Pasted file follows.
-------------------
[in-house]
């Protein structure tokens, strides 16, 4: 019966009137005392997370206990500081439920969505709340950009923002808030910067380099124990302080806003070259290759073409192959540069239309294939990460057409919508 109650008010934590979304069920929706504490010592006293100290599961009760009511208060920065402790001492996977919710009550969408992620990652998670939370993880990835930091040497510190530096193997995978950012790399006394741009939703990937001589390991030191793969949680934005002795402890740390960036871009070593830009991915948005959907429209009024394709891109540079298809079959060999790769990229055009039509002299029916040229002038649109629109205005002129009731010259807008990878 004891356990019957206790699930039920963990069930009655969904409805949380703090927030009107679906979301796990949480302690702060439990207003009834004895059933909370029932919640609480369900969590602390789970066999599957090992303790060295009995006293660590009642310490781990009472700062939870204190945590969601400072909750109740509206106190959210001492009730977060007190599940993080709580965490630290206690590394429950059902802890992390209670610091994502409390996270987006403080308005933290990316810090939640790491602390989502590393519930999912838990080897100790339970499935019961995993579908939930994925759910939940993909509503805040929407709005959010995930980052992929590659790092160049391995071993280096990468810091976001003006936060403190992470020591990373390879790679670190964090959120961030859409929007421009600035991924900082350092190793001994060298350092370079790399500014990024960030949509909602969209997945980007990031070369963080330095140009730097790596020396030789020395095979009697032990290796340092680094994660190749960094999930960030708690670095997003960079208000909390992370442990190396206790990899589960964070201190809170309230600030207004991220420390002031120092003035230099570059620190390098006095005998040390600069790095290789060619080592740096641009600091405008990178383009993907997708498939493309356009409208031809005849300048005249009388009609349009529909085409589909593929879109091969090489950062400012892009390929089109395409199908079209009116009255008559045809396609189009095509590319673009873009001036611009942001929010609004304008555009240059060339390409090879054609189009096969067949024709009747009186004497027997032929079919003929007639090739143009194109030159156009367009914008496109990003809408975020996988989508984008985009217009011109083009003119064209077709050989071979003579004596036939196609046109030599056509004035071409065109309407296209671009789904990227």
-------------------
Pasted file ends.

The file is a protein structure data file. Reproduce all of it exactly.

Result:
[in-house]
């Protein structure tokens, strides 16, 4: 019966009137005392997370206990500081439920969505709340950009923002808030910067380099124990302080806003070259290759073409192959540069239309294939990460057409919508 109650008010934590979304069920929706504490010592006293100290599961009760009511208060920065402790001492996977919710009550969408992620990652998670939370993880990835930091040497510190530096193997995978950012790399006394741009939703990937001589390991030191793969949680934005002795402890740390960036871009070593830009991915948005959907429209009024394709891109540079298809079959060999790769990229055009039509002299029916040229002038649109629109205005002129009731010259807008990878 004891356990019957206790699930039920963990069930009655969904409805949380703090927030009107679906979301796990949480302690702060439990207003009834004895059933909370029932919640609480369900969590602390789970066999599957090992303790060295009995006293660590009642310490781990009472700062939870204190945590969601400072909750109740509206106190959210001492009730977060007190599940993080709580965490630290206690590394429950059902802890992390209670610091994502409390996270987006403080308005933290990316810090939640790491602390989502590393519930999912838990080897100790339970499935019961995993579908939930994925759910939940993909509503805040929407709005959010995930980052992929590659790092160049391995071993280096990468810091976001003006936060403190992470020591990373390879790679670190964090959120961030859409929007421009600035991924900082350092190793001994060298350092370079790399500014990024960030949509909602969209997945980007990031070369963080330095140009730097790596020396030789020395095979009697032990290796340092680094994660190749960094999930960030708690670095997003960079208000909390992370442990190396206790990899589960964070201190809170309230600030207004991220420390002031120092003035230099570059620190390098006095005998040390600069790095290789060619080592740096641009600091405008990178383009993907997708498939493309356009409208031809005849300048005249009388009609349009529909085409589909593929879109091969090489950062400012892009390929089109395409199908079209009116009255008559045809396609189009095509590319673009873009001036611009942001929010609004304008555009240059060339390409090879054609189009096969067949024709009747009186004497027997032929079919003929007639090739143009194109030159156009367009914008496109990003809408975020996988989508984008985009217009011109083009003119064209077709050989071979003579004596036939196609046109030599056509004035071409065109309407296209671009789904990227």